In operation, such an installation program will typically guide the end user through the installation process by querying the end user for specific functionality/components required in the end user software program. Typically, this query is performed by presenting the end user with a list of available or proposed components from which the end user makes one or more selections. Based upon the selection(s), the installation program assembles an end user software program from one or more of the components or modules.
Of course, the actual installation program can be quite complex even though many of its features are hidden from the end user. For example, an installation program can install applications, user preferences, system extensions, control panels and much more. Among its many capabilities, an installation program may: check to see whether a target computer meets minimum system requirements to permit an installation to continue; search for files or folders on a target disk; delete or move older or conflicting files; install files or folders; display a license agreement before starting the installation; display a "readme.txt" file after the installation is complete; and create an un-install program on the end user's computer.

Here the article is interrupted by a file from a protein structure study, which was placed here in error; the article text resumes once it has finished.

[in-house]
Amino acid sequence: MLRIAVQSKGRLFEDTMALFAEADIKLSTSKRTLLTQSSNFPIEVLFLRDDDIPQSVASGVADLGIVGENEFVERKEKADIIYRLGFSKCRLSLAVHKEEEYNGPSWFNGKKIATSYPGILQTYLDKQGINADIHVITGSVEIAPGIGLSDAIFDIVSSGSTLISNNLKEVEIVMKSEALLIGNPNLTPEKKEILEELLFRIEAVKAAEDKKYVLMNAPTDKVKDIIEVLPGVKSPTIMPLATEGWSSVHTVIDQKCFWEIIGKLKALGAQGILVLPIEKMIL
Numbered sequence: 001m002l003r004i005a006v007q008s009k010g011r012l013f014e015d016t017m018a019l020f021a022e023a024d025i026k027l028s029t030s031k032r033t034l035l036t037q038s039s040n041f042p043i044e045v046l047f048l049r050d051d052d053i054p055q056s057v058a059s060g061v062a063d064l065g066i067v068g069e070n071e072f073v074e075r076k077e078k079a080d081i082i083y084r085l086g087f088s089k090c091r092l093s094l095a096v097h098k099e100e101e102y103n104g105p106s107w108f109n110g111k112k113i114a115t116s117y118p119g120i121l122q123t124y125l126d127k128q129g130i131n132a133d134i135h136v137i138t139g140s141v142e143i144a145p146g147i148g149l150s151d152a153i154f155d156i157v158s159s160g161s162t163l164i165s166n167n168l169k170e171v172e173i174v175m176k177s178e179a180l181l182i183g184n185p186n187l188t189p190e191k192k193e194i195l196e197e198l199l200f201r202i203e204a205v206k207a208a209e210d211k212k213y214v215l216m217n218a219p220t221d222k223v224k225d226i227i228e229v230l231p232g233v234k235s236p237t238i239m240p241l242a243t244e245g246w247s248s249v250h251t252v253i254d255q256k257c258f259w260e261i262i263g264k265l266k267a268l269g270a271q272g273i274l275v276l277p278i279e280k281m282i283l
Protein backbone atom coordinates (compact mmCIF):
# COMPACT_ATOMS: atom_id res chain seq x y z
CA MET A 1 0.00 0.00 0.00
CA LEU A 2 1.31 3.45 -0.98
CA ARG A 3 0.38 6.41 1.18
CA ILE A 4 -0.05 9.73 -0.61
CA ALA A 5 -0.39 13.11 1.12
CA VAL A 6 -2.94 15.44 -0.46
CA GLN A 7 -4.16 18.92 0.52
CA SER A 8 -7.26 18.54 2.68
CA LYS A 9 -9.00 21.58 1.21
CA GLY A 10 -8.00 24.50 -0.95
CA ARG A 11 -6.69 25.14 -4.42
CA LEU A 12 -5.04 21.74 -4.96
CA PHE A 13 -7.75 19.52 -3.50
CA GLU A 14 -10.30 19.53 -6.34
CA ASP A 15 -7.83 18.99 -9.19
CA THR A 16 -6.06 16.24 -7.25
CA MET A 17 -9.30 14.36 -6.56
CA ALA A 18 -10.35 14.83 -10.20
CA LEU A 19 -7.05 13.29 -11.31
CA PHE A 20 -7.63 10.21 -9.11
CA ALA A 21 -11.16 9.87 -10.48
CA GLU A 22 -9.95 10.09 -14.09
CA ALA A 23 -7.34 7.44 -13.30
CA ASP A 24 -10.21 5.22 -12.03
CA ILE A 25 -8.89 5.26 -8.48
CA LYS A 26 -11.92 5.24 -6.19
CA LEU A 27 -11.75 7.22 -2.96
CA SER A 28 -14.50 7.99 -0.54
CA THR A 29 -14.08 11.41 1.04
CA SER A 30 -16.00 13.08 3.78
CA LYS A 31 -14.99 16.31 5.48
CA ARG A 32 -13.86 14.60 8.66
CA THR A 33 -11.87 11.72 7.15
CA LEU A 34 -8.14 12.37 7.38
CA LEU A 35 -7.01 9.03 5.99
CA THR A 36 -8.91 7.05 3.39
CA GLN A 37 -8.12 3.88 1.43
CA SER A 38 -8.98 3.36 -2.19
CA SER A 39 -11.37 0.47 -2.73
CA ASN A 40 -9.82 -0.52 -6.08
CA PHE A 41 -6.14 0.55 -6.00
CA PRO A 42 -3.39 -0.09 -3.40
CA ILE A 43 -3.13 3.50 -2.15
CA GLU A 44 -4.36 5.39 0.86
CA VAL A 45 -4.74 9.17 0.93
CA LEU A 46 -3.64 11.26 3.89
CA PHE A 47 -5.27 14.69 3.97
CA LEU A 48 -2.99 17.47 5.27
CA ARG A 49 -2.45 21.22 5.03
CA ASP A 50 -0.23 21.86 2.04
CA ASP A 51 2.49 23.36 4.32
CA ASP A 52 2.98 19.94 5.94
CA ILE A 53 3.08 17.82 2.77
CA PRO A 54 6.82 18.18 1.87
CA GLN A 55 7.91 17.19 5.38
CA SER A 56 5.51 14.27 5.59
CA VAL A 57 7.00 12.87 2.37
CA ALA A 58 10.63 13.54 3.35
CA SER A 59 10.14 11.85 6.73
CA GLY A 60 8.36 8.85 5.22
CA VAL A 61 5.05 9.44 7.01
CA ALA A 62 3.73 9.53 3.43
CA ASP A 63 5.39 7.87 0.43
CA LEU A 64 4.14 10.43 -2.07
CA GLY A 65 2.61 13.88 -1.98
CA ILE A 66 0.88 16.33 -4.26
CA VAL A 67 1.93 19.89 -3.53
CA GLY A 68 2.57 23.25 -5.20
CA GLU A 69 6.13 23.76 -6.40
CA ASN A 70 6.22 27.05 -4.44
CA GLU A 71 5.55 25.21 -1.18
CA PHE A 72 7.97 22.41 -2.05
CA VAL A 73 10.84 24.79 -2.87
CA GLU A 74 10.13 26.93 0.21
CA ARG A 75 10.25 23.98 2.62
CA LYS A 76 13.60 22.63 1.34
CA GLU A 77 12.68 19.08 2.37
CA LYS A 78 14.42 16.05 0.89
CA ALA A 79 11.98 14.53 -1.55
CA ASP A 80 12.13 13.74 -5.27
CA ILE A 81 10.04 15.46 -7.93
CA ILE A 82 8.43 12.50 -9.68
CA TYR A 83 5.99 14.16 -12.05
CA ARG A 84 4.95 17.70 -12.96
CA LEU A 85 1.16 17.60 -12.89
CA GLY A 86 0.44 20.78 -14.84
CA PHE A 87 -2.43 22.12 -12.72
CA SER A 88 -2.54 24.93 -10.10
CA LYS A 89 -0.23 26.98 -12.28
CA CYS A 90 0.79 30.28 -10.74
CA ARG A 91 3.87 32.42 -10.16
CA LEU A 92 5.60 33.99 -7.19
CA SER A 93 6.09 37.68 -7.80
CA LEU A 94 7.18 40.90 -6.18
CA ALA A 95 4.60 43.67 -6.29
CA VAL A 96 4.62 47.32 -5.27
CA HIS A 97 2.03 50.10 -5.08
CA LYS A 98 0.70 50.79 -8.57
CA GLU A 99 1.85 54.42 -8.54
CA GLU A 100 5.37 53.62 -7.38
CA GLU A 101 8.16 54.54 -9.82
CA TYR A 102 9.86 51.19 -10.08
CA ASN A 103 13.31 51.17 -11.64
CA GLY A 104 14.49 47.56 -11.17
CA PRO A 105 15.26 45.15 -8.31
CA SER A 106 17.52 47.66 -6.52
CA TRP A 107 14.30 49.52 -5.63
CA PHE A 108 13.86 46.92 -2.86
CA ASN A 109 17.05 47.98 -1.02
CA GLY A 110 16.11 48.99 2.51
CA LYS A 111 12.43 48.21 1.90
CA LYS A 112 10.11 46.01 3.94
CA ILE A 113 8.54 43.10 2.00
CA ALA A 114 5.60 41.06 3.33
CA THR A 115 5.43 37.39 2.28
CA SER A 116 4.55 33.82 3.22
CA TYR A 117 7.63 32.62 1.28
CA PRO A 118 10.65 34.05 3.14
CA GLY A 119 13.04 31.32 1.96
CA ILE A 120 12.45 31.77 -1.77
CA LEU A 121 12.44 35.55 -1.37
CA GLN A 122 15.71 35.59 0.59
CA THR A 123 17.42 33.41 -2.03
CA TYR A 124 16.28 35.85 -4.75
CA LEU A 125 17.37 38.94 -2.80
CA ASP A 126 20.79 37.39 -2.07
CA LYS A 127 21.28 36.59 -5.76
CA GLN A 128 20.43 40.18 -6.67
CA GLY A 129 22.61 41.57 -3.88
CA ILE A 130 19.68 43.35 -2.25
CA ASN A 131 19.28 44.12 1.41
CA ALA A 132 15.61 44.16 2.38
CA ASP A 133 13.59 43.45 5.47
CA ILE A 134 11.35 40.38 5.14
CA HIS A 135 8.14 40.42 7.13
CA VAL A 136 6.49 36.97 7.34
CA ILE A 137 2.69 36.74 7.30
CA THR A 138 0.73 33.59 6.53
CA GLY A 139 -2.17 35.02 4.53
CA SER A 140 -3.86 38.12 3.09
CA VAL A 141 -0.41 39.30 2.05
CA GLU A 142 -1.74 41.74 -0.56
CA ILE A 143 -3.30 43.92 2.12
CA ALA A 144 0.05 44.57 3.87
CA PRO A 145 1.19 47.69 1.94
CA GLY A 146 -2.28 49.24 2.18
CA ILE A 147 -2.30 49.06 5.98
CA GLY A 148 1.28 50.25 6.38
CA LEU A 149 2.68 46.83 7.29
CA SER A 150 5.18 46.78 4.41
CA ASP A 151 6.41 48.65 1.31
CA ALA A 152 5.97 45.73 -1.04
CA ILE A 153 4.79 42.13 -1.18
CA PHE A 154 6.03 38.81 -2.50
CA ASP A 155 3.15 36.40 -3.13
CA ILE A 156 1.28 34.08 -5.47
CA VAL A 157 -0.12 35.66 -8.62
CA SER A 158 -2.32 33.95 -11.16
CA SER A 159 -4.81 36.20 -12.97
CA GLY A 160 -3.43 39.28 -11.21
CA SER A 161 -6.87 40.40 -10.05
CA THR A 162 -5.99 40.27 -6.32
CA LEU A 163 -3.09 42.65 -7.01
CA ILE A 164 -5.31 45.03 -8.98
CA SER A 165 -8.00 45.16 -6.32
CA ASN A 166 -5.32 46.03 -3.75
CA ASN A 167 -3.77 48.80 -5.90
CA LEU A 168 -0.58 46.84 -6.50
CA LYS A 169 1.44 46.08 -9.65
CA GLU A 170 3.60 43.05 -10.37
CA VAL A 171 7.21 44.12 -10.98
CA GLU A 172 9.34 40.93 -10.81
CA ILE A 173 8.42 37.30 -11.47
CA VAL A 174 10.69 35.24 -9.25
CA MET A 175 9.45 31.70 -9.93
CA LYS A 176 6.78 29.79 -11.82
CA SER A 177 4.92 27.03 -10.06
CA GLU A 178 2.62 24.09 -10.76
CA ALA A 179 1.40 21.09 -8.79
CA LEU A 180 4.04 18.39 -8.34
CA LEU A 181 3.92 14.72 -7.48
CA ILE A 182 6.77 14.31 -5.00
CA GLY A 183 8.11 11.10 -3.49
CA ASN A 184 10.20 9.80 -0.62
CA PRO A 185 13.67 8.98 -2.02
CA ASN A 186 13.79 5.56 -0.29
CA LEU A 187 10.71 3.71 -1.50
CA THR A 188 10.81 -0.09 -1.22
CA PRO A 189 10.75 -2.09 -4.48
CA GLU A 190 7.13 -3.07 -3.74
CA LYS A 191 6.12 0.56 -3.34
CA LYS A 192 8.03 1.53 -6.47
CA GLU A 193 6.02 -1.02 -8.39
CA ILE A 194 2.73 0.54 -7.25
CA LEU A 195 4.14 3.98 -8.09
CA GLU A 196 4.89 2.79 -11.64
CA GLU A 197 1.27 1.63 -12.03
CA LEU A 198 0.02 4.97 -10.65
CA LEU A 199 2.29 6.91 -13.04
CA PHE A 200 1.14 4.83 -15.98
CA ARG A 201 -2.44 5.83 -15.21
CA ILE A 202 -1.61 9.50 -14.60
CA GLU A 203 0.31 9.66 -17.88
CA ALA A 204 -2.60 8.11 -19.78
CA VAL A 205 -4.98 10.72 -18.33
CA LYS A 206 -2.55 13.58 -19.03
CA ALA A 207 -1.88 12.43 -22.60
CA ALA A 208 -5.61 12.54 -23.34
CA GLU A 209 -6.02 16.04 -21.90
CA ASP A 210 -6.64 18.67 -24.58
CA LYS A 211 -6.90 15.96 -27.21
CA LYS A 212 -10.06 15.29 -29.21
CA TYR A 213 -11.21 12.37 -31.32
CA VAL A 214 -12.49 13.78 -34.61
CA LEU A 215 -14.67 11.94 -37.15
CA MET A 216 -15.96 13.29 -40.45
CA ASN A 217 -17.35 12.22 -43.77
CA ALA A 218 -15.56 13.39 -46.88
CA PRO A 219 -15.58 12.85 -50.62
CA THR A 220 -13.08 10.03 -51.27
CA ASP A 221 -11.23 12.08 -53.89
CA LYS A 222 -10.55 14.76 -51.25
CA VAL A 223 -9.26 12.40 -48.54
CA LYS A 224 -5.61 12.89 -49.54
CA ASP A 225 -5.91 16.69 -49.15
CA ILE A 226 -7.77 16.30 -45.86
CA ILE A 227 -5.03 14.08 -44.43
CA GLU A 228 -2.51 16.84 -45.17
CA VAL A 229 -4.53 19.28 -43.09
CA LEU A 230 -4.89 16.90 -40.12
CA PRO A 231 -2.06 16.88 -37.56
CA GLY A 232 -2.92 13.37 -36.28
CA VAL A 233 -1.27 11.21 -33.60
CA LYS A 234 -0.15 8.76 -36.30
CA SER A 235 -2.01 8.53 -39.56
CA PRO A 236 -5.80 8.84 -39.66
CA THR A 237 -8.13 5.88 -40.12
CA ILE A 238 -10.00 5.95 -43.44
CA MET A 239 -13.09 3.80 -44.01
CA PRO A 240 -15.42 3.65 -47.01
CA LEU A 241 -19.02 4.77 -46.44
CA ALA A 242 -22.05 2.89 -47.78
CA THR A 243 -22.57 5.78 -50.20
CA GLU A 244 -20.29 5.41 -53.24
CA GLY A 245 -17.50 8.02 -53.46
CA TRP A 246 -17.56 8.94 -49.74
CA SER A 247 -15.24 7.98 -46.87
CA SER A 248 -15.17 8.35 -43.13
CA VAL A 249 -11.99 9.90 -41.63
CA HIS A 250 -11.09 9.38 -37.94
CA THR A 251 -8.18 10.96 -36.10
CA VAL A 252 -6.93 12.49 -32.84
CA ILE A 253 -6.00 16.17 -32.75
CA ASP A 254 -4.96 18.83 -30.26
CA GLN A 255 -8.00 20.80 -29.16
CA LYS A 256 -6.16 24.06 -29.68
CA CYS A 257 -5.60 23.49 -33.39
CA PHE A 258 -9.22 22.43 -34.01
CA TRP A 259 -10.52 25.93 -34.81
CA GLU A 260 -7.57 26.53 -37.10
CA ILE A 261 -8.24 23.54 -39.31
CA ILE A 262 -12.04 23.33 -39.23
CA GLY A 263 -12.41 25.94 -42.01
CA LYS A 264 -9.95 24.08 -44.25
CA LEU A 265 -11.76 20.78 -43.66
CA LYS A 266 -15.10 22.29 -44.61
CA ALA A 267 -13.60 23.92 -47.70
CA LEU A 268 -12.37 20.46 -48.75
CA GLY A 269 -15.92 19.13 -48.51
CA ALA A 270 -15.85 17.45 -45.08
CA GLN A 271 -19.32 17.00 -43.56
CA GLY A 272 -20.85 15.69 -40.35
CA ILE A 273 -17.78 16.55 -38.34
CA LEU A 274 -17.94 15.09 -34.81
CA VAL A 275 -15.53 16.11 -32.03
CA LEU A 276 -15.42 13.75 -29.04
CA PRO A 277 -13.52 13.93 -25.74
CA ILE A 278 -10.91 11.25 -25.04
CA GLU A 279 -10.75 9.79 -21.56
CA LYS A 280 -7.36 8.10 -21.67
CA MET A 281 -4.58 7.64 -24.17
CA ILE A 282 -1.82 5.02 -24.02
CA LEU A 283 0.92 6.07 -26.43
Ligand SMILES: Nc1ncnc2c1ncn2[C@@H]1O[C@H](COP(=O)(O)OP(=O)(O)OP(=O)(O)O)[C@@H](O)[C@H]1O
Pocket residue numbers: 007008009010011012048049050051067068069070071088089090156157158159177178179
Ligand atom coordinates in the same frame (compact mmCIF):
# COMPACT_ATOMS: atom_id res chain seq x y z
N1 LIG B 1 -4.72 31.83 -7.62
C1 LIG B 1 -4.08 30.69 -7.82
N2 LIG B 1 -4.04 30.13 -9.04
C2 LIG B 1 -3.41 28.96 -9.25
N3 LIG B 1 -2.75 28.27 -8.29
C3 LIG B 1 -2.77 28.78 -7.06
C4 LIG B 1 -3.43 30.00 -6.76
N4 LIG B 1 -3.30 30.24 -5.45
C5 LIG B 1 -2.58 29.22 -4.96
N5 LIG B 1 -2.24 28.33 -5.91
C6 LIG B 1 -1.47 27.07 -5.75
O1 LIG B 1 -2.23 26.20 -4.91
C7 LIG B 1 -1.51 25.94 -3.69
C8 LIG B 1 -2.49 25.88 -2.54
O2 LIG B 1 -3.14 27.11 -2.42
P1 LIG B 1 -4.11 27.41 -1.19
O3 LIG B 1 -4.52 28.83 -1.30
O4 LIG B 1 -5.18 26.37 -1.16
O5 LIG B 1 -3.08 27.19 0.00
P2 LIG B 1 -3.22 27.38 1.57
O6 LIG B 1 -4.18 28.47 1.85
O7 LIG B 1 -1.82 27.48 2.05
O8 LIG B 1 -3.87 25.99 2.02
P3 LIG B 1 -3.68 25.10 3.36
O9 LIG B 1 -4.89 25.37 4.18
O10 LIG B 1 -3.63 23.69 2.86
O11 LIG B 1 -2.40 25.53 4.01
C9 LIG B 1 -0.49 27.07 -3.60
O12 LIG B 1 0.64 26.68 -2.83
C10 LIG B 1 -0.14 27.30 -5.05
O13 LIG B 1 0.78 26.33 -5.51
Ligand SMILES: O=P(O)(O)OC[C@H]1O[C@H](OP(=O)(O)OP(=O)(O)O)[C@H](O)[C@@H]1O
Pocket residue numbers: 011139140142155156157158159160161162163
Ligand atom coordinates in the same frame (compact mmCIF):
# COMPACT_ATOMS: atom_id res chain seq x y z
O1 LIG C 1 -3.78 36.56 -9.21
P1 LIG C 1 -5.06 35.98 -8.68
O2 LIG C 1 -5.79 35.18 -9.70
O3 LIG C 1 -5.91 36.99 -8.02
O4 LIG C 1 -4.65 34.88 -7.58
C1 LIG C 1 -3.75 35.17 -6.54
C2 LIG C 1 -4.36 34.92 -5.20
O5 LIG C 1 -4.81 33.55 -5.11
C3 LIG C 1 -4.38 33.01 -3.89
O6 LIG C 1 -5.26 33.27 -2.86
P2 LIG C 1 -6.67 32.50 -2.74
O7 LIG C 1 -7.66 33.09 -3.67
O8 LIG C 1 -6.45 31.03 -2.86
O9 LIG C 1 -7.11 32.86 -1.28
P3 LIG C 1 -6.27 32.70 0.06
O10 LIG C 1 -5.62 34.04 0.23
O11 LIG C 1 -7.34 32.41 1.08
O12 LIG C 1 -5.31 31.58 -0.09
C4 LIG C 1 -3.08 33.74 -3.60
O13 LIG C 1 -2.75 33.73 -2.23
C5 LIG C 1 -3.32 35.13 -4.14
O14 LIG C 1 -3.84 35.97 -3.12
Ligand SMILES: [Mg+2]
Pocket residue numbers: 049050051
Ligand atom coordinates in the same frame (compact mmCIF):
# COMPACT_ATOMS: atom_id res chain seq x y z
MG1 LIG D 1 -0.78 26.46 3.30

Additionally, the components or modules associated with an installation are frequently distributed as compressed or encrypted (or both) files. Oftentimes such compressed/encrypted components are combined together in a package, i.e., as a single "self-extracting" executable program. When such a self-extracting program is run, it unpackages all of the components and de-crypts and decompresses them as appropriate. FIG. 1 shows in simplified block diagram form, this generalized software distribution and installation.
The primary aim of such an install program is to make installation of the software program simple, easy and straightforward. Oftentimes, comprehensive context-sensitive help is made available to the end user by the installation program. Additionally, once the software program is installed, the end user will often use the installation program to modify or update the software program at a later date.
Even this type of automated installation process is too often subject to errors. As noted previously, end users are oftentimes either disinterested or incapable of providing necessary responses to the installation program sufficient to produce a correct software program. More insidious, are inadvertent media errors in the component or modules provided by the software producer that may preclude their assembly into an operating software program. Additionally, even if the end user and installation program successfully assemble the components into an operational program, it oftentimes is not optimal for the end user computer system because of peculiarities associated with that system. Finally, any difficulties associated with the initial installation are often repeated during a likely update to the software program thereby compounding the problem.